Watch the latest video at video.foxnews.com
The best book ever . . . → Read More: Bill O’Reilly nails it with his commentary on the Left and their shameful attempt to use a mass murder to shut up their opposition.
Those who would blame TV news pundits for violent acts have demanded that all violent verbiage be removed from political discourse. I’m sure this list will grow, but I propose the following:
Election Campaign: “Campaign” is a military term and may provoke murders. Replace with “Polite request for your vote.”
Campaign Headquarters: We’ve already eliminated “campaign,” and “headquarters” can also be construed as a military term. Replace with “centralized office for dispensing of pro-candidate propaganda.”
Attack Ads: This term may provoke real attacks. Replace with “polite notification that the other candidate is a less-than-perfect human being.”
Targeted districts: This could provoke people to actually target candidates in those districts with guns or WMD’s. Replace with “selected districts.”
Bullet points: This common phrase could provoke people to commit mass murders with real bullets or impale people with real “points” on sticks. Replace with “selected items.”
Mud Slinging: This could provoke people to sling real mud, maybe with rocks in it, then follow up with bullets. Replace with “blaming everything on the other guy/gal/person-of-unproclaimed-gender-identity.”
Election Victory: “Victory” is another military term, and may inspire murderers to seek a military style victory through mass murder. Replace with “Successful Job Application.”
In the Political Trenches: “Trenches” is another military term, and may provoke . . . → Read More: A Quick PC primer for future political/election speak …
Brady Board member Joan Peterson, blogging as Japete, makes her second post within a day and a half of the murderous assault by probable psychopath Jared Loughner. The anti-gun groups jumped on this incident of political violence with exuberance, undoubtedly hoping for the kind of success they attained after other political assassinations (from Kennedy to Reagan, though none of those laws affected this assault). And honestly … I don’t blame them. At their core are people who truly believe that all violence is due to guns and that without them violent people would be harmless (which is not actually supported by history, recent or otherwise) and so it’s natural that they assume that every violent incident will suddenly “open the eyes” of Americans to agree with their version of “common sense” (though it may be anything but).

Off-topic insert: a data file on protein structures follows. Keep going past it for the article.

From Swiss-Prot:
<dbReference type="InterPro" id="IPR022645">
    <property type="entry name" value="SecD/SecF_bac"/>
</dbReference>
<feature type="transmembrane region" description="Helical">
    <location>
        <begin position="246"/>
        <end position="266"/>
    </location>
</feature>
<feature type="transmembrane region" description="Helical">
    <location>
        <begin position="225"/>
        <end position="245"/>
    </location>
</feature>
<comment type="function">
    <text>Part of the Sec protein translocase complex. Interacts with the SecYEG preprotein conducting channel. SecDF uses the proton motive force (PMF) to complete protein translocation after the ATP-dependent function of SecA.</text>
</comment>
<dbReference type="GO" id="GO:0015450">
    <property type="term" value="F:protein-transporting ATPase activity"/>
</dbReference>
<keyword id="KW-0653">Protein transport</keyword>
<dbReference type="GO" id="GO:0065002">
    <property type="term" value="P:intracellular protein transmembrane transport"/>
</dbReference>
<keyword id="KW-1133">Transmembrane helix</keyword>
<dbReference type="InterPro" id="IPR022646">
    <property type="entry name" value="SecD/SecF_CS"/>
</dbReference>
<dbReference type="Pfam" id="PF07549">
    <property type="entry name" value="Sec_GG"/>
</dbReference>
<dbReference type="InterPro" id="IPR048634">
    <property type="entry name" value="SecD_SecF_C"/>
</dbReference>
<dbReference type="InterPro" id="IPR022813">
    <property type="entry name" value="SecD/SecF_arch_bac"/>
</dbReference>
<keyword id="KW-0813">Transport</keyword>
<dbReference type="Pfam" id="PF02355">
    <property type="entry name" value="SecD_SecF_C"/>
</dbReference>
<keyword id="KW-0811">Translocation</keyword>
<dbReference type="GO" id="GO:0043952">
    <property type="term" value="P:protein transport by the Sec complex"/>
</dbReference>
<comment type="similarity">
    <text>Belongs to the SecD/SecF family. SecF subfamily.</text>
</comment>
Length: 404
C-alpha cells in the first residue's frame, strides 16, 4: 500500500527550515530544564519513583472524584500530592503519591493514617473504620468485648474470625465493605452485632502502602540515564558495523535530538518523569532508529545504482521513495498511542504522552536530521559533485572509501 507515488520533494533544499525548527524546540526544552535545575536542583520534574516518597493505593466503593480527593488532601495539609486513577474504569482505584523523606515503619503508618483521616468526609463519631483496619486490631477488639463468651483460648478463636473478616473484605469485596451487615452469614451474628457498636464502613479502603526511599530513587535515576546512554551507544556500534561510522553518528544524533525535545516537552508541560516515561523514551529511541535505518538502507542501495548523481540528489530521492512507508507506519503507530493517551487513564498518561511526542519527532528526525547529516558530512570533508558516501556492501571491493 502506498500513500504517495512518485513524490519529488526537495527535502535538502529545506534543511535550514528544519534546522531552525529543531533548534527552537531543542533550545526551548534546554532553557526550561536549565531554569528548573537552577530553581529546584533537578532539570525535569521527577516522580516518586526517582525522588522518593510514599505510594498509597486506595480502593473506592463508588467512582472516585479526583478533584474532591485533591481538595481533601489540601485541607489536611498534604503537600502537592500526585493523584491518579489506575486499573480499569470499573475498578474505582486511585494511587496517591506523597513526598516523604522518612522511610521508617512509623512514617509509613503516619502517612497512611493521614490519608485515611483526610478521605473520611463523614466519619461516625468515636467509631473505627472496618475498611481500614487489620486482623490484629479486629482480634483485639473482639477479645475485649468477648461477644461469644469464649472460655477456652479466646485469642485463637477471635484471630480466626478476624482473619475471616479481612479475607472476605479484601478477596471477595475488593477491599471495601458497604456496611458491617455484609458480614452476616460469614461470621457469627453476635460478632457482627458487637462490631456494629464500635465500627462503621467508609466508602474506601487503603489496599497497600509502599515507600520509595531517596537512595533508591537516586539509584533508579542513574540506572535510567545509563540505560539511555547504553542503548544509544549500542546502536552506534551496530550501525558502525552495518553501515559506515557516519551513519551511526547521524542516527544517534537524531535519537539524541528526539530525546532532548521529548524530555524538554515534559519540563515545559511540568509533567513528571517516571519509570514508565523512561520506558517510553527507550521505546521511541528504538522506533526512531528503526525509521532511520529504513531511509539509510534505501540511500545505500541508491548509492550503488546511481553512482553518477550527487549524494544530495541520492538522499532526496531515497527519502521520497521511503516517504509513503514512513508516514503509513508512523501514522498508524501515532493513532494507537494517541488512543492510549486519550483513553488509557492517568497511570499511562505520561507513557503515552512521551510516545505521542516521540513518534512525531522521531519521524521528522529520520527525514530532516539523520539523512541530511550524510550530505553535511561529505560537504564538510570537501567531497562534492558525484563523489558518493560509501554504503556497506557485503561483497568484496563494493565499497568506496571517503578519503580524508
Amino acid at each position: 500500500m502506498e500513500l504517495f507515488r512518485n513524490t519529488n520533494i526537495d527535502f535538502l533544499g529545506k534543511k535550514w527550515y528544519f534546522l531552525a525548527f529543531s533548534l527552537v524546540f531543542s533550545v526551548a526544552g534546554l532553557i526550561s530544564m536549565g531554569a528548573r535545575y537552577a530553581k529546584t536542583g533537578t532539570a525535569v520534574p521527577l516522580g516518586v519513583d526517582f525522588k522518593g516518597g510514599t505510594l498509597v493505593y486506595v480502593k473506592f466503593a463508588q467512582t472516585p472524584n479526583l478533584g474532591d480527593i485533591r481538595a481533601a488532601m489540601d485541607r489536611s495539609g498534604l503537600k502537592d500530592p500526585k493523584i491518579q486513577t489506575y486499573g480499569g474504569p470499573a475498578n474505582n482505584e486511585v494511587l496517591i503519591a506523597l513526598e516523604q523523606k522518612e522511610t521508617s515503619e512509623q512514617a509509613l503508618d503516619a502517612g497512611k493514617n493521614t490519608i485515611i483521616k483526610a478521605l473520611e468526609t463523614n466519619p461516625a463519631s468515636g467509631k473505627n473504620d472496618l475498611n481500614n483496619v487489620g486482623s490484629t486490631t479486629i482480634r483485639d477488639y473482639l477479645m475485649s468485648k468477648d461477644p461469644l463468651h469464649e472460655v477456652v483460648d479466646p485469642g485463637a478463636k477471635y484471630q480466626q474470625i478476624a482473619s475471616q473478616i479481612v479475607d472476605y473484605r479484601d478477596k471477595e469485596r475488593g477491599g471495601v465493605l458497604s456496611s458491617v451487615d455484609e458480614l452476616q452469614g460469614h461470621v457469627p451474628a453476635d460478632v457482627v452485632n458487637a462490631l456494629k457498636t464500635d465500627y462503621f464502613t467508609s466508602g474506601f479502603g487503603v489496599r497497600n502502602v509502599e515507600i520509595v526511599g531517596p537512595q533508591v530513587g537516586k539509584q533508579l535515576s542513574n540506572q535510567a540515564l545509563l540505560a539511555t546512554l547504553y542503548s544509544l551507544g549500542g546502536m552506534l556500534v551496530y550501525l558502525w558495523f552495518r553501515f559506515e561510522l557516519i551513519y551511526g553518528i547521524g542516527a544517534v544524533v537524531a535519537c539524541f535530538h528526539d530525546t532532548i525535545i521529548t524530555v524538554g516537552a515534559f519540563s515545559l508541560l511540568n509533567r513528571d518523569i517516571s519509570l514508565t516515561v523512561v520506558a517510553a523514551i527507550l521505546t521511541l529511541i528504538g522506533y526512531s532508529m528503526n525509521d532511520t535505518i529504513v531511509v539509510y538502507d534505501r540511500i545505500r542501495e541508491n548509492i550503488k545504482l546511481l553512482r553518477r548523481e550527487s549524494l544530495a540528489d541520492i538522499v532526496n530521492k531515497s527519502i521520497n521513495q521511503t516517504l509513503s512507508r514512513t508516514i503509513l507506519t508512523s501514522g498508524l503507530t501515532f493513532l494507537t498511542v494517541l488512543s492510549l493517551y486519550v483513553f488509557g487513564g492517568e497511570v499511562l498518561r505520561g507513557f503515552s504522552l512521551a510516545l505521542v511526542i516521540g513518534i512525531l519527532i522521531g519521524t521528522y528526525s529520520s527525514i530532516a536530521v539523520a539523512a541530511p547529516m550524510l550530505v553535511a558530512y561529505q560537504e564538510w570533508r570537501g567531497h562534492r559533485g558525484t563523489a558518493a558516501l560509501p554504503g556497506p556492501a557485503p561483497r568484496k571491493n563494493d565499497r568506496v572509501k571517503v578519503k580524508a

But a reading of Japete’s post and opinion gives a window to the reasoning the anti-gun groups are using to try and take away a constitutionally protected right, personal empowerment, and cultural tradition … but contrary to what they say their views are not logical, not in our best interests as a nation, and not really common sense at all.
I do realize that Ms. Peterson . . . → Read More: Anti-gunner’s view of the Tucson mass murder and assassination attempt on Rep. Gabrielle Giffords
A lot of the stuff I read from the Left about Jared Loughner’s mass murder and assassination attempt of Rep. Gabrielle Giffords in Tucson is intent on using this horrible event as a political opportunity to attack conservatives (the TEA party) and the pundits they follow. Where is the logic of attacking the new conservative movement in America based on the murderous actions of an anarchist who likes Karl Marx? (as well as about any other whacky idea — he was a headcase for sure).
As I said in my earlier post … we could not make a bigger mistake; to let the actions of this insane murderer affect our freedom or even our political views would be like allowing our country to be frightened into becoming a police state after 9-11. To live in a free society takes courage, and let’s hope this is still the land of the free and the home of the brave (the former requires the latter, and the latter will always obtain the former). Even if we have to share it with a few psychotic mass murderers.
But what is the logic of the left on this? Even if we assume Loughner in some way represented the . . . → Read More: The assault on our liberties that began in Tucson with one targeted Congresswoman … now targets us all